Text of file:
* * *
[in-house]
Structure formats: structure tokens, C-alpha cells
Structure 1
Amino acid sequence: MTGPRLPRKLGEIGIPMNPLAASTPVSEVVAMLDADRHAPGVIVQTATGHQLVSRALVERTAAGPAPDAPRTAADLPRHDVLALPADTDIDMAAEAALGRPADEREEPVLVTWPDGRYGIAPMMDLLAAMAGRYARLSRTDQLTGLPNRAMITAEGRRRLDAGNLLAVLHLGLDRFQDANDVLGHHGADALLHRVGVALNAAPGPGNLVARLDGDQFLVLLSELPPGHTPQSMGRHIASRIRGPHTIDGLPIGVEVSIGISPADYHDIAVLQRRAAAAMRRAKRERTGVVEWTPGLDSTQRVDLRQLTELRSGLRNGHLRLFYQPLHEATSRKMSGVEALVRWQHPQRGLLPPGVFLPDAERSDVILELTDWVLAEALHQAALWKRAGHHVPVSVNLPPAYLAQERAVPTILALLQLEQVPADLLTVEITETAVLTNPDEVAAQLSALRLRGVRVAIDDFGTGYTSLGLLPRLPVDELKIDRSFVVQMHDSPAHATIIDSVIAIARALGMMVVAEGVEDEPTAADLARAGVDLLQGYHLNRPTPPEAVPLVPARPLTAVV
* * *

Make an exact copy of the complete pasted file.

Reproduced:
[in-house]
Structure formats: structure tokens, C-alpha cells
Structure 1
Amino acid sequence: MTGPRLPRKLGEIGIPMNPLAASTPVSEVVAMLDADRHAPGVIVQTATGHQLVSRALVERTAAGPAPDAPRTAADLPRHDVLALPADTDIDMAAEAALGRPADEREEPVLVTWPDGRYGIAPMMDLLAAMAGRYARLSRTDQLTGLPNRAMITAEGRRRLDAGNLLAVLHLGLDRFQDANDVLGHHGADALLHRVGVALNAAPGPGNLVARLDGDQFLVLLSELPPGHTPQSMGRHIASRIRGPHTIDGLPIGVEVSIGISPADYHDIAVLQRRAAAAMRRAKRERTGVVEWTPGLDSTQRVDLRQLTELRSGLRNGHLRLFYQPLHEATSRKMSGVEALVRWQHPQRGLLPPGVFLPDAERSDVILELTDWVLAEALHQAALWKRAGHHVPVSVNLPPAYLAQERAVPTILALLQLEQVPADLLTVEITETAVLTNPDEVAAQLSALRLRGVRVAIDDFGTGYTSLGLLPRLPVDELKIDRSFVVQMHDSPAHATIIDSVIAIARALGMMVVAEGVEDEPTAADLARAGVDLLQGYHLNRPTPPEAVPLVPARPLTAVV